Representative Democracy is only practical in most cases either Islamic or non-Islamic. Any govt will have their own well defined rules, when a govt is based on Islam, they extract it based on Islamic point of view. 1. "O ye who believe! the law of equality is prescribed to you in cases of murder: the free for the free, the slave for the slave, the woman for the woman. But if any remission is made by the brother of the slain, then grant any reasonable demand, and compensate him with handsome gratitude, this is a concession and a Mercy from your Lord. After this whoever exceeds the limits shall be in grave penalty." [Quran - 2:178] This verse states that the Murder can pay compensation blood money if the brother/relative of the killed agree with it. Scholars suggest about Hadith you quoted, to prefer the Competition instead of killing the Convict. 2. About the punishment of 200 Lashes, Islam recommends a woman go out with close relatives but do not recommend any punishment to be carried out on that, it's only a suggestion. But Saudi Arabia itself declares some strict rules other than Islamic rules, Myself hate such rules. It's not an Islamic rule. I feel so sorry about that girl, Islam never punish a rape victim. "The punishment is to be carried out on the rapist and there is no punishment for the woman who has been raped, whatever the case" (Al-Muwatta 2/734) 3. God created both men & women, God knows better about their emotions and their body, God advised the right dress. For woman, Quran mainly concentrate on covering the major areas and the chest, to draw garments over their chest and prophets advices to cover excluding face & arms. Man turns on faster than woman and man turn on on vision, but woman is starting slower in it. Also why only men are rapists? It's coming from the combination of their higher urge and their power, and it is better to avoid igniting one sexually. What is the harm if one girl choses herself to show only her face & arms? Don't she have the right to wear it ? The verse 4:59 is not about formulating a govt. It's what the Basic method of following Islam, follow the direction of God and the practical way shown by prophet Mohammad. It's only for the believers.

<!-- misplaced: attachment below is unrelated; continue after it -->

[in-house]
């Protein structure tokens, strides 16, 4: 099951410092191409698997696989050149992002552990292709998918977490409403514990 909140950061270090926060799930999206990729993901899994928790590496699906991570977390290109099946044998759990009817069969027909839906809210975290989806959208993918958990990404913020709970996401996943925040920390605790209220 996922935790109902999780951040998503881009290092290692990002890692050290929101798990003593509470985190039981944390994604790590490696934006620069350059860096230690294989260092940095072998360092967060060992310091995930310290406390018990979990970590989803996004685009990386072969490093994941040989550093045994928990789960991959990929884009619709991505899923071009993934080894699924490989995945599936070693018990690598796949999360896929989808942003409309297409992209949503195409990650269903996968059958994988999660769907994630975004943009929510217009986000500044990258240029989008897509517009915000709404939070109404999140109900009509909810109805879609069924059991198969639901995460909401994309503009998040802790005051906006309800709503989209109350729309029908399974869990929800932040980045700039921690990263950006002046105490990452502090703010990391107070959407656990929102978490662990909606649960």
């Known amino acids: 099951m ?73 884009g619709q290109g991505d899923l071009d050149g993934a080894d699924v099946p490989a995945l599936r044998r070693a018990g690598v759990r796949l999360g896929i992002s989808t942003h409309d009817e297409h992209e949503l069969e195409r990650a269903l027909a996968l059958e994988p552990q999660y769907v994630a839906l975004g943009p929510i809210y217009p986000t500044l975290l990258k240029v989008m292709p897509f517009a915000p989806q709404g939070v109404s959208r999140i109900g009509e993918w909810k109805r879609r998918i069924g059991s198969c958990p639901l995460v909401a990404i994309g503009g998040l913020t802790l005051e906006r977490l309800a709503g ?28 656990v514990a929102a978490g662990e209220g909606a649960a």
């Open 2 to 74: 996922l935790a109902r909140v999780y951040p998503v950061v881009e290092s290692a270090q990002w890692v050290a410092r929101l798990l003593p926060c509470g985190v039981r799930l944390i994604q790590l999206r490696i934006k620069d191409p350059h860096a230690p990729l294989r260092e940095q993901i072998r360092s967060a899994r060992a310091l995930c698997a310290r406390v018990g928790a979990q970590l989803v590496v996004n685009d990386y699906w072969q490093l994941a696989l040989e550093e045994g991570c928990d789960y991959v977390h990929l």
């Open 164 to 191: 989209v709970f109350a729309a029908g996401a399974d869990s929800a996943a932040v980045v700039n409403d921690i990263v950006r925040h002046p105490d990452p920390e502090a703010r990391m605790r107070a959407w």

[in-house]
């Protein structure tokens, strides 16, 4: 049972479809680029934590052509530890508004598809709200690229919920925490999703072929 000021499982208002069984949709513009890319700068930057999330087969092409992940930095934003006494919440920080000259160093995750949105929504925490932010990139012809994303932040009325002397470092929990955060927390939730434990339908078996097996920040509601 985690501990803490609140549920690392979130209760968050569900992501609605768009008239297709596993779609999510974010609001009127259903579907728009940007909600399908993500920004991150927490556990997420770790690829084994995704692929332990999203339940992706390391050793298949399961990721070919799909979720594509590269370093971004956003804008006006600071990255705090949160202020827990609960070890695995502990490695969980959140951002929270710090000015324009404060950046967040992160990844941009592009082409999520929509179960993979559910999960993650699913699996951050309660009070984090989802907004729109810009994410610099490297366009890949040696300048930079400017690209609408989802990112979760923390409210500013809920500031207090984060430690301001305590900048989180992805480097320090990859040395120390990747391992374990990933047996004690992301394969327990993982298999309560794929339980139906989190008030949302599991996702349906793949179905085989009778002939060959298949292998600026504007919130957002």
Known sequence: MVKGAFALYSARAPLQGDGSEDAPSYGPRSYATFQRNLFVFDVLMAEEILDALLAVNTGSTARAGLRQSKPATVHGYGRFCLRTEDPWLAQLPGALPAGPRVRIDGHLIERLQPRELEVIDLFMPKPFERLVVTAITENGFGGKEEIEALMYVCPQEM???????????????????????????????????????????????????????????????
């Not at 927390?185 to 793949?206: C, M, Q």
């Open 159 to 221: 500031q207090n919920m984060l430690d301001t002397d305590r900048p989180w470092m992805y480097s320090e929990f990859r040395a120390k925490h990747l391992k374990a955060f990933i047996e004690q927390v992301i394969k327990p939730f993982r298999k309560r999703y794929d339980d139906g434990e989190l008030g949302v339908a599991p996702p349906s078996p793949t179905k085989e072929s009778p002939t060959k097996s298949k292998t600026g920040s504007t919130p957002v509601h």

@addysmum (1225)
• Canada
8 Dec 07
My opinion is that they are able to co-exist. One is a religion and a way of life and the other is a governing body designed to control the people. The was a time in North America and Christian European countries that no law could be past that went against the word of Christian God but now look at our laws many go directly against the word of Christian God.
@ladyluna (7004)
• United States
8 Dec 07
Hello Addysmum, Thanks for sharing your thoughts on this pressing question. I cannot say that I'm on board with your distinction between the religious and governing aspects of Islam. It seems to me that throughout most of the Muslim world -- Islam is governing. Iran is a perfect example: though they have a president -- he is a figurehead. The real power in Iran lies with the Ayatollah Ali Khamenei, their revered Islamic leader. As for most of the rest of the Muslim world, as far as I'm aware, the ruling mandates come from their leader's submission to Islamic tenets. If I'm mistaken, I welcome corrective data. If I'm understanding you correctly, then what you're saying is that to coexist, Islamic orthordoxy would need to be watered down, just as Christian orthodoxy has?